The three big trends we are seeing in the world of corporate tax in 2021 are the increased power of the EU, the impact of Brexit and tax litigation.
In the space of a few short years, we have gone from minimal involvement by the EU in tax to a situation where Brussels is introducing significant tax changes for business.
It’s true that EU countries still have tax sovereignty, but we are now seeing major tax legislation and other tax initiatives constantly coming out of the EU, of which the Apple case was only one example.
For example, Ireland will be implementing “interest limitation rules” next year as a result of the EU Anti-Tax Avoidance Directive. This will limit the amount of interest that large companies can deduct and is one of the biggest corporation tax changes here in the past 20 years.
This will impact a range of sectors – multinationals, property companies, aircraft leasing and financial services companies.
Another EU measure is DAC6 reporting, a requirement for advisers and companies to report certain cross-border transactions to EU tax authorities which may involve tax planning. Britain promptly scrapped it the day it left the EU, which probably says something about it.
All these tax measures add complexity for companies carrying on business in the EU.
My hope is that the EU as a whole can stay competitive in international tax when compared to the approach taken in other parts of the world like the US and Asia.
India, which is notoriously tough on tax matters, for example, only applies its interest limitation rules to related party debt, whereas the EU applies it to external debt as well.
The US for its part has relaxed its interest limitation rules to help business on foot of Covid-19, the EU has not.
The OECD is leading the charge at the moment to bring in a global digital services tax, which will allow countries tax some profits of large online businesses where their customers or users are based, as opposed to where they are headquartered.
Ireland has seen a huge growth in corporation tax receipts in recent years from these businesses, so this would shift some of that tax away from Ireland, and at a time we need it most. Depending on the approach of the Biden administration, we can expect this to gather pace this year. The Maples Group made an industry submission to the OECD about this and participated in their online meeting this month. I expect that any agreement at OECD level will be implemented here through new EU legislation.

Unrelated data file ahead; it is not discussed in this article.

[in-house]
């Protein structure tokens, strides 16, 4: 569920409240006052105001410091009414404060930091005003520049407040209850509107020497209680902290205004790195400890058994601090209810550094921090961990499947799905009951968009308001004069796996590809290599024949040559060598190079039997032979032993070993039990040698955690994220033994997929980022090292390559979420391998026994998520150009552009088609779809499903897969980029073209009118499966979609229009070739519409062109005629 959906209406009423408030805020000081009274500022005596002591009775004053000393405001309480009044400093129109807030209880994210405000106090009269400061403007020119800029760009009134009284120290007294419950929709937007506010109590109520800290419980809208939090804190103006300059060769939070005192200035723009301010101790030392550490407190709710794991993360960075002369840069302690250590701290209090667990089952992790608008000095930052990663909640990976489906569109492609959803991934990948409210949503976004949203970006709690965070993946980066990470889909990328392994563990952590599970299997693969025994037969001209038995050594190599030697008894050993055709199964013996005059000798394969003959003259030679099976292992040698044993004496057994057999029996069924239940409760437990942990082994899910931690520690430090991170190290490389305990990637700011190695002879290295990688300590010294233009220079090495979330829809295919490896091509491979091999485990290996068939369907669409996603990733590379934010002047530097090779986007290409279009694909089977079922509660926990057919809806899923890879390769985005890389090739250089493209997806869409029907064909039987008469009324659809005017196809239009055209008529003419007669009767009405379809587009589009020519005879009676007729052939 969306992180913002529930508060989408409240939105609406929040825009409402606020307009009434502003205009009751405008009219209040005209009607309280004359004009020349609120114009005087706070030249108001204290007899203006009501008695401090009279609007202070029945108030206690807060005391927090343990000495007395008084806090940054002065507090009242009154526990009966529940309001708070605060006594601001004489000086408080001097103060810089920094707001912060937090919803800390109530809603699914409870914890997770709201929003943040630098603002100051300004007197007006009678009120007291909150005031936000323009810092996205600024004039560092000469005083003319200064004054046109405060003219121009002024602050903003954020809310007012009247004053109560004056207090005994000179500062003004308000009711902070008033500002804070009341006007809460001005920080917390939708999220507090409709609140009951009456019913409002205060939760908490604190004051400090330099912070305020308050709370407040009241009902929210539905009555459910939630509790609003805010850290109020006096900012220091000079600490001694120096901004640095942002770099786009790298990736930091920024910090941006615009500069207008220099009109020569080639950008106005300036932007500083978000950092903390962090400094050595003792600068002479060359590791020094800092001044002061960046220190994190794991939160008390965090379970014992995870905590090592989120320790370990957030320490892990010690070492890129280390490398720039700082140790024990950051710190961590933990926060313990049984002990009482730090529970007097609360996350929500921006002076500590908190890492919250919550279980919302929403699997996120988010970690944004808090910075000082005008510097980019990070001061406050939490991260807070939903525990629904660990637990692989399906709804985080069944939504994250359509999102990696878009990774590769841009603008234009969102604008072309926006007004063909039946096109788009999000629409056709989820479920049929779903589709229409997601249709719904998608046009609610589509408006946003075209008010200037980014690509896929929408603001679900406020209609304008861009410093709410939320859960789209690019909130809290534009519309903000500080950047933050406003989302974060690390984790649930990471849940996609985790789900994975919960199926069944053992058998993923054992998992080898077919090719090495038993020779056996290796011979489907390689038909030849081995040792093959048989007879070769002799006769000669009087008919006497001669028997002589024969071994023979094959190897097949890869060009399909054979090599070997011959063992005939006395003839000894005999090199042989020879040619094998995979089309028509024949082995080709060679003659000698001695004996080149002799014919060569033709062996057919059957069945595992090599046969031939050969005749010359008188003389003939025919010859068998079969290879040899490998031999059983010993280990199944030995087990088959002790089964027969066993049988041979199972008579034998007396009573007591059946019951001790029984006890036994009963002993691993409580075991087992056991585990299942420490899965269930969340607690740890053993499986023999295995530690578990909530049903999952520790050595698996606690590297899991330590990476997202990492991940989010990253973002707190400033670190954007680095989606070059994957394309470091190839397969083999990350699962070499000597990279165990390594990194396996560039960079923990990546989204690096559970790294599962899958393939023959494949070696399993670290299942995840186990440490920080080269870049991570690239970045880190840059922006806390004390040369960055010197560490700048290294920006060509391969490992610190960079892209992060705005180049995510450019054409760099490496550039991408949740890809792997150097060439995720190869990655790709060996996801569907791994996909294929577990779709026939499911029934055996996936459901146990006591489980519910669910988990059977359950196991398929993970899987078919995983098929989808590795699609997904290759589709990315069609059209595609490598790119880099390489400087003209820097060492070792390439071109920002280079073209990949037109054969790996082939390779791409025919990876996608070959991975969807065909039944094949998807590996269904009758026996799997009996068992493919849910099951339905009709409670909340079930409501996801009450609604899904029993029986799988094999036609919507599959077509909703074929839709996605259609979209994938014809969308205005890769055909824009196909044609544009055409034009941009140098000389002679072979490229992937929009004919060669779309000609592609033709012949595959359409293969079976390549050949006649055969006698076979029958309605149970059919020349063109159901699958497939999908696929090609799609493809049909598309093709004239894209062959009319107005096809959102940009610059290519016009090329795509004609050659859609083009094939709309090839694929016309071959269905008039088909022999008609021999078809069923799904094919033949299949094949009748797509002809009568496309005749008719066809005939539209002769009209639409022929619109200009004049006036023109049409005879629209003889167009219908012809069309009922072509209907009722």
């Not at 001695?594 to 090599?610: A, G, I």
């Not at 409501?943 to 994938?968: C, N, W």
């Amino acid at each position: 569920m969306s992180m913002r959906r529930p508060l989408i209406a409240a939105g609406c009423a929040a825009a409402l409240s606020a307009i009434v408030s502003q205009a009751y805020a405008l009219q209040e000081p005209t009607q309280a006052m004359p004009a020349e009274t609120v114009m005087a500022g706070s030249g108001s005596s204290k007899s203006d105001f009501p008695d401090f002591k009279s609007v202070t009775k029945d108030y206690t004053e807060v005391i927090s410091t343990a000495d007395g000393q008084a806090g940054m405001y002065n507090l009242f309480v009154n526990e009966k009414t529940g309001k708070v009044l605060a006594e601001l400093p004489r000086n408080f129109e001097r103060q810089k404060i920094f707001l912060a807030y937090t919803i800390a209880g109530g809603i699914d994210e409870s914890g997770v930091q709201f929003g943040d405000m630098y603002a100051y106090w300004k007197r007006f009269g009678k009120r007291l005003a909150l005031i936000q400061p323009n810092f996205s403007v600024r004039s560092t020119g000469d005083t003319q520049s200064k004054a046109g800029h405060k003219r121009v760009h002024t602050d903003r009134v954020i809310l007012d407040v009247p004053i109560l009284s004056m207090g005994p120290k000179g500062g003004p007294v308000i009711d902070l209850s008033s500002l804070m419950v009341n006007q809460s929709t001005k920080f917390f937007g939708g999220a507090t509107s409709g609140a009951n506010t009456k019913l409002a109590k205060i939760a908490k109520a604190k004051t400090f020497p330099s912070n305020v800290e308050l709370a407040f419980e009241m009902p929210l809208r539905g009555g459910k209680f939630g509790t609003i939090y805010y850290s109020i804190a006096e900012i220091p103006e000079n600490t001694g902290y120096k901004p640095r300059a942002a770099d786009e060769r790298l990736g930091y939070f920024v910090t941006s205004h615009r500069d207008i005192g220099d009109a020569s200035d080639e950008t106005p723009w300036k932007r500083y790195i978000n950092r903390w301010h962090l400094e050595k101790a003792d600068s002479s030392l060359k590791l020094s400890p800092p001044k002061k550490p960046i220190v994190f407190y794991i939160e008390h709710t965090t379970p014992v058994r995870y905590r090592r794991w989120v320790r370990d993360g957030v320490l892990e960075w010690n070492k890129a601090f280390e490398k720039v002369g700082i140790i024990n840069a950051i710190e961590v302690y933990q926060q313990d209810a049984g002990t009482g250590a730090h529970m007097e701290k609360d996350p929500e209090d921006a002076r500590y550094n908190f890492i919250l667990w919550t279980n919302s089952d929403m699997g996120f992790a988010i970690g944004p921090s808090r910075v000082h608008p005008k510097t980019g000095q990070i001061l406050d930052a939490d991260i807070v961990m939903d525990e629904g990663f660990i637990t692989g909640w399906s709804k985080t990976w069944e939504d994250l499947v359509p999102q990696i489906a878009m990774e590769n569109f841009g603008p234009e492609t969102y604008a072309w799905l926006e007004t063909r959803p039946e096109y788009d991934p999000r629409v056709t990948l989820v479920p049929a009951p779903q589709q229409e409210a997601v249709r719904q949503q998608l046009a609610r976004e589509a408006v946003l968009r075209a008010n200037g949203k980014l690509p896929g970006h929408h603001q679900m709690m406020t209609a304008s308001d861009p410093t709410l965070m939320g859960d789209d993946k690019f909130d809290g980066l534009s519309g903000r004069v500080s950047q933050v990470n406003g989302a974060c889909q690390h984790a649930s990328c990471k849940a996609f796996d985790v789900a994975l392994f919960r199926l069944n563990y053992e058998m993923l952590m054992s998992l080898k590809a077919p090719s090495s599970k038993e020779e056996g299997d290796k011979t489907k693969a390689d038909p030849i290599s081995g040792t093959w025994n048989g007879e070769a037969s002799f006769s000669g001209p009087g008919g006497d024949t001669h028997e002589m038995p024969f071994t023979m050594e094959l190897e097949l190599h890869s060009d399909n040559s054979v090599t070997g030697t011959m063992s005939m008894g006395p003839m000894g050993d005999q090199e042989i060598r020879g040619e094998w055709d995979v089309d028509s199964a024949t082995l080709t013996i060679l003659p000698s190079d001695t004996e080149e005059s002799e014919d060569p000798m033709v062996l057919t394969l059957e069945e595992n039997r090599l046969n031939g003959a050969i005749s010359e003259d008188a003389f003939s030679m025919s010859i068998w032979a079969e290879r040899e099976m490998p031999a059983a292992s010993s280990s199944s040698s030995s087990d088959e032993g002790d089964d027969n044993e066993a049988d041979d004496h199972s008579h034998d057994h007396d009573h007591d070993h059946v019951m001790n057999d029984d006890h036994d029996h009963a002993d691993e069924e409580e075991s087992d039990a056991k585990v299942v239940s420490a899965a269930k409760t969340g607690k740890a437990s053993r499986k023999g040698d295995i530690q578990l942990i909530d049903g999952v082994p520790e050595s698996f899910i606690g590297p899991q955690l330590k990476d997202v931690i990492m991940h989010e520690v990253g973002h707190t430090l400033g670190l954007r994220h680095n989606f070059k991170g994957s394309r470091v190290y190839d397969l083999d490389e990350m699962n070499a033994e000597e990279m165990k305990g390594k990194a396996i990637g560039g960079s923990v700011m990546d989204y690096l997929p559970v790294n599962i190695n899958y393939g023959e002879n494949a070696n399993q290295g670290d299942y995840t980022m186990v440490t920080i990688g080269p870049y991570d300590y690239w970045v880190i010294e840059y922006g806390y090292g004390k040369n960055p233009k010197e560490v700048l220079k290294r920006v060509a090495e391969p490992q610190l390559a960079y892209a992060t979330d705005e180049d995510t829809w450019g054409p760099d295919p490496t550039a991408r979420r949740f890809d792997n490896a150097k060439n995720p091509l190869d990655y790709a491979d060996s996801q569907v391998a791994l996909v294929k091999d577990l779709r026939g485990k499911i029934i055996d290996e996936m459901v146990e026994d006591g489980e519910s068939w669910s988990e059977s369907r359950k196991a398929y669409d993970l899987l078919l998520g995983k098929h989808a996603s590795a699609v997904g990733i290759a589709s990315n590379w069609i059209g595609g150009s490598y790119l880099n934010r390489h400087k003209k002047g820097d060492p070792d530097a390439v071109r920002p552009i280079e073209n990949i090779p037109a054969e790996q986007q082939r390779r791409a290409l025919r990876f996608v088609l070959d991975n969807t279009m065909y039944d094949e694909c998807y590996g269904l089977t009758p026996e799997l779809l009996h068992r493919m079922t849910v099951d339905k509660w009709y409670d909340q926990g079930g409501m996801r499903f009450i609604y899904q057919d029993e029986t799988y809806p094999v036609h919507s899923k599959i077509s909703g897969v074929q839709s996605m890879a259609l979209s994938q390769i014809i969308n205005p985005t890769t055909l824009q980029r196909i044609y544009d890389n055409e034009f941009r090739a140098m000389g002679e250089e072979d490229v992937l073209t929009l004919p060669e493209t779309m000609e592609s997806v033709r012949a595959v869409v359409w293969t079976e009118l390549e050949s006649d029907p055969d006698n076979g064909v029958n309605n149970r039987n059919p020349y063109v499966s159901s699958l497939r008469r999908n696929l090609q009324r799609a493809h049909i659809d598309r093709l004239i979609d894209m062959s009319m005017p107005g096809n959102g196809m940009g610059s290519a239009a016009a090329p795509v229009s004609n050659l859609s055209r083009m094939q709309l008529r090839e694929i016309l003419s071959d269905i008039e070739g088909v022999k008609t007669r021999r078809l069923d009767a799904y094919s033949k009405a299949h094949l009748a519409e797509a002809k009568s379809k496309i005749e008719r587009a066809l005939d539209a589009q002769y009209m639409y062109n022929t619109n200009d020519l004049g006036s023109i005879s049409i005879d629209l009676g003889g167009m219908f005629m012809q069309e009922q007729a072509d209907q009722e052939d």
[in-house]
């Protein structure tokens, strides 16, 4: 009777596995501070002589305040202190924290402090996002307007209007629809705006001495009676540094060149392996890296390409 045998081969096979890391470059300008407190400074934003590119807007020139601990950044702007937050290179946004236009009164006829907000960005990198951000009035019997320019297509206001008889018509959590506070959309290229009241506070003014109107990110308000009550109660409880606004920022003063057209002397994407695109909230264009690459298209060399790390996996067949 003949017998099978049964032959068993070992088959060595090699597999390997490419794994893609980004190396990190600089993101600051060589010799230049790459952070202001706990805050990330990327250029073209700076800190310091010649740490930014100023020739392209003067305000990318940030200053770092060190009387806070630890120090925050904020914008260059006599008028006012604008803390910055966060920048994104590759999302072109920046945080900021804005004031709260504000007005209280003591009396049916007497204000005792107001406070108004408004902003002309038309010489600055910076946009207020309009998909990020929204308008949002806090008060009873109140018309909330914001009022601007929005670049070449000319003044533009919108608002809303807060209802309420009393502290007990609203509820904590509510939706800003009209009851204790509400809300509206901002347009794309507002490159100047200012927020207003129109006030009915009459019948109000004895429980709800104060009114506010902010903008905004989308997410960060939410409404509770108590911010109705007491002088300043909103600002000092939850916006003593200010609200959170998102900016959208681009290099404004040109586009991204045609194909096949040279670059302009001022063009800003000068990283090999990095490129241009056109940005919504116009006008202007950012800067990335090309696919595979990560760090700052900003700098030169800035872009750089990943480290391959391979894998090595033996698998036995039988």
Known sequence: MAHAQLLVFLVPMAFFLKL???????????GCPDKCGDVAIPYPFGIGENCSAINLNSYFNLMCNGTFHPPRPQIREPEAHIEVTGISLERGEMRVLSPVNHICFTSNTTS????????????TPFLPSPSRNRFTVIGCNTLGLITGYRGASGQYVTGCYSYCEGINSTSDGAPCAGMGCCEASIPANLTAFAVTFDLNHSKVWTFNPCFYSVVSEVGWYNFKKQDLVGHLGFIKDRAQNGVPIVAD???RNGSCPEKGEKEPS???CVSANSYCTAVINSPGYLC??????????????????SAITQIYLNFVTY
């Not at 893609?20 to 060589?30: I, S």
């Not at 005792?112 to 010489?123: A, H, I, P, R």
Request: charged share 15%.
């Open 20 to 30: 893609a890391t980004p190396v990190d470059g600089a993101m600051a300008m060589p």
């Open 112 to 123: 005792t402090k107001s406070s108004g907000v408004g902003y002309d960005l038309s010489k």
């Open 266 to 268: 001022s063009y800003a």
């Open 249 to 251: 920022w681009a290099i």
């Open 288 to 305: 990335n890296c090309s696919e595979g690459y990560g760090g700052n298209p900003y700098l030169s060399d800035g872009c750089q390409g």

We are seeing Brexit drive business to Ireland, where previously the UK might have been the only EU presence for a company. Really, any company doing business or investing in the EU needs to have an EU base. We are advising financial services companies how to set up substantive, regulated businesses here, with senior C-suite executives being physically located here.
There are obviously practical challenges at the moment in relocating staff here due to Covid-19, but it is happening and local hires are being made from our substantial talent pool.
Manufacturing, food and retail companies are also setting up physical hubs here to deal with supply chain challenges.
Tax authorities worldwide have become more assertive in investigating and challenging the affairs of big companies.
We’ve seen this trend grow significantly in Ireland in recent times, driven by the fact that major international companies are now located here which in turn means that tax disputes follow.
The Revenue Commissioners have shown they are quite prepared to take on big international companies, and the sums are eye-watering.
In 2018, the Revenue issued a tax assessment for €1.64 billion on an Irish subsidiary of Perrigo Company plc, an international US-listed healthcare group, and in 2019 an assessment against Takeda, the pharmaceutical company, for €398 million.
Our tax disputes practice is made up of tax and litigation lawyers and we’ve advised on some major cases, most recently a financial services company in the High Court. Quite often we’ve been brought in by the board of the taxpayer company as a “second pair of eyes” and as a matter of good corporate governance to work alongside the original tax adviser.
I am also chair of the Irish Debt Securities Association, which represents the international securitisation industry in Ireland.
Ireland is one of the leading jurisdictions in Europe for international securitisation companies and it is an important part of the Irish international financial services offering, with over 3,000 jobs involved in the sector in Ireland.
The European Commission has endorsed the importance of securitisation in Europe as an important alternative to bank-based funding and to make the financial system more resilient, something particularly relevant today, of course, given the huge financial resources required in Europe to grow the economy after Covid-19.